“The campaign, started by parents and activists in Nigeria without power or resources, has pressured the country and world to act.”
“Where are the stolen girls of Nigeria? And why don’t we care more?” BoingBoing.net asked on April 30th, two weeks after more than 300 girls were kidnapped from their school dormitory in Nigeria. The next day, a group of African American women on Twitter wondered what the coverage would look like if hundreds of white girls had gone missing: “There’d already be a Lifetime movie in the works.”
Seven days later, virtually no news-consuming person in the West could be ignorant of the story, Nigerian President Goodluck Jonathan had been forced to commit more resources toward the search, and the U.S., France, and the U.K. had all promised aid as well.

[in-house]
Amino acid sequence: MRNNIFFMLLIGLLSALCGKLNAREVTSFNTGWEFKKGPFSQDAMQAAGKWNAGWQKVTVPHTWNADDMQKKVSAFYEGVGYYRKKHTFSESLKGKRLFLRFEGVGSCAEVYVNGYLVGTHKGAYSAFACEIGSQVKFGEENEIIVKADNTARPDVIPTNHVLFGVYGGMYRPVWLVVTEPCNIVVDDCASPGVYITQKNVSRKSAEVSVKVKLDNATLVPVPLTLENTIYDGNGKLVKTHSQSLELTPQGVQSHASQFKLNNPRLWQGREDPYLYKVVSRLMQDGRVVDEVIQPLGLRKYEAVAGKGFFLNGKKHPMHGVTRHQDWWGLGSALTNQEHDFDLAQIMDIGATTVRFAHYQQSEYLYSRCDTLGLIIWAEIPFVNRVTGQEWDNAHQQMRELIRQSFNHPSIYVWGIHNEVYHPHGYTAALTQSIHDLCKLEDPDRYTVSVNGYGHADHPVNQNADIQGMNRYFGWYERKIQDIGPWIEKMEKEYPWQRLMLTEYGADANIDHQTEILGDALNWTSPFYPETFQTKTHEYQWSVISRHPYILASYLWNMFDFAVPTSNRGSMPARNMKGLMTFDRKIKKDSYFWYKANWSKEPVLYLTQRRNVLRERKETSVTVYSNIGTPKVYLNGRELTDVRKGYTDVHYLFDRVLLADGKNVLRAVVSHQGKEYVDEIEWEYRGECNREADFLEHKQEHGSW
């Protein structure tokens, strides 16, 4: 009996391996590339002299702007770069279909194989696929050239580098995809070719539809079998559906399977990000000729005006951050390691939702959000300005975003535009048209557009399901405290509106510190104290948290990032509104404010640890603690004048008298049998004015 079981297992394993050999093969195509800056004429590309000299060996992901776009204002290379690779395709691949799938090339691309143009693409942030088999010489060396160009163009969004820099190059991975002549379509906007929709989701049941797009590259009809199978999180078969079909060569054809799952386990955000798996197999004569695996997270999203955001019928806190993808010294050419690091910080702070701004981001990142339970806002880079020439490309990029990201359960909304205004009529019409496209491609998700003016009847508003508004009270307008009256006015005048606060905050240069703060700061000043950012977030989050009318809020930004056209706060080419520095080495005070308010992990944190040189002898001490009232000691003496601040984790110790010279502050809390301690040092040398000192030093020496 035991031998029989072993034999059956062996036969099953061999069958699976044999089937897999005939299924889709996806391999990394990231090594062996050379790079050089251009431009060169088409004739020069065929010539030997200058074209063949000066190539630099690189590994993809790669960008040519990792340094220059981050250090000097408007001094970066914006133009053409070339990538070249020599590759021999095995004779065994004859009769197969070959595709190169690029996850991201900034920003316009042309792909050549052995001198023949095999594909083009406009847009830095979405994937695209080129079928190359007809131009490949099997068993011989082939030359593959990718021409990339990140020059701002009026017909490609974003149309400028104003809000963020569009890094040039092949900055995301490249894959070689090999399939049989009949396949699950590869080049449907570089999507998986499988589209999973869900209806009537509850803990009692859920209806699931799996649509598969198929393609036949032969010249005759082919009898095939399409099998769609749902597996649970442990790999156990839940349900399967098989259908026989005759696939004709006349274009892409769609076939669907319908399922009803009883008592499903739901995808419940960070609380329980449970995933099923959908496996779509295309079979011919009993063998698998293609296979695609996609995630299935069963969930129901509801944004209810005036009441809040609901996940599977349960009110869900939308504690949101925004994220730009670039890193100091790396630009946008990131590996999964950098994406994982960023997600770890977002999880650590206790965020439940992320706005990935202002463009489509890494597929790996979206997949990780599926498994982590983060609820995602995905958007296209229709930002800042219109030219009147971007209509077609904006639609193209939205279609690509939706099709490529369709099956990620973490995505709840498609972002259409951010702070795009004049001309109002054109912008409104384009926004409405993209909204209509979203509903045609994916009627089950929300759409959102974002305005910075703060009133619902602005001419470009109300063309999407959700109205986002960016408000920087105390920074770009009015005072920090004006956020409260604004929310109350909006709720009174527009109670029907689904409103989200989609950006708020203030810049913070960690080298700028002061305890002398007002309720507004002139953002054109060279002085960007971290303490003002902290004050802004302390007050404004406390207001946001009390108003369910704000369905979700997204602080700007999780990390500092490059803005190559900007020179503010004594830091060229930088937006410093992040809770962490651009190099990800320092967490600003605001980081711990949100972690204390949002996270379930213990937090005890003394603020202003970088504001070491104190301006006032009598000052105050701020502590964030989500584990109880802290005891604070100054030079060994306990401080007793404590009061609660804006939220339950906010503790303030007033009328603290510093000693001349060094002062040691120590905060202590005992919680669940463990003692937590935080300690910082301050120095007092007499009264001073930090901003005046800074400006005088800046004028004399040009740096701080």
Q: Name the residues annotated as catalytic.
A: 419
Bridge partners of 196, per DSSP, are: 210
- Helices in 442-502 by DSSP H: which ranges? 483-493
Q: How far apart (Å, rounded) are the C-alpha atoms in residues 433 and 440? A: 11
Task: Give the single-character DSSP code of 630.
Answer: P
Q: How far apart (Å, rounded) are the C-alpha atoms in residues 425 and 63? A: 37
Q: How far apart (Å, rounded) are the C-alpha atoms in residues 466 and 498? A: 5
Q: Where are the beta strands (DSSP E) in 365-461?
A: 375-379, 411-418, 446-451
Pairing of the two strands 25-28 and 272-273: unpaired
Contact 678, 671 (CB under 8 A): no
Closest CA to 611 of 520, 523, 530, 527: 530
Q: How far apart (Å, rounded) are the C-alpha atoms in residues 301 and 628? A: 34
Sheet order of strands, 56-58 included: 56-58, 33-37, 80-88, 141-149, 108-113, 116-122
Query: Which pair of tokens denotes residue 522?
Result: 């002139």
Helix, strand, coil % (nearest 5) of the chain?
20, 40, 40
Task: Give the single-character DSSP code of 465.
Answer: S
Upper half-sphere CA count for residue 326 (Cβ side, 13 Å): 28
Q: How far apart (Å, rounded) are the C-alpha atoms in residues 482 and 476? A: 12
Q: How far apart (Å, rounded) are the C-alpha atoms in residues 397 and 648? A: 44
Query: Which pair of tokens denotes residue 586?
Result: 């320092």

What changed in those seven days?
The unserious-sounding but ultimately serious answer seems to be: a hashtag campaign.
#BringBackOurGirls started in Nigeria on April 23rd by desperate parents and activists who didn’t believe their president when he said he…
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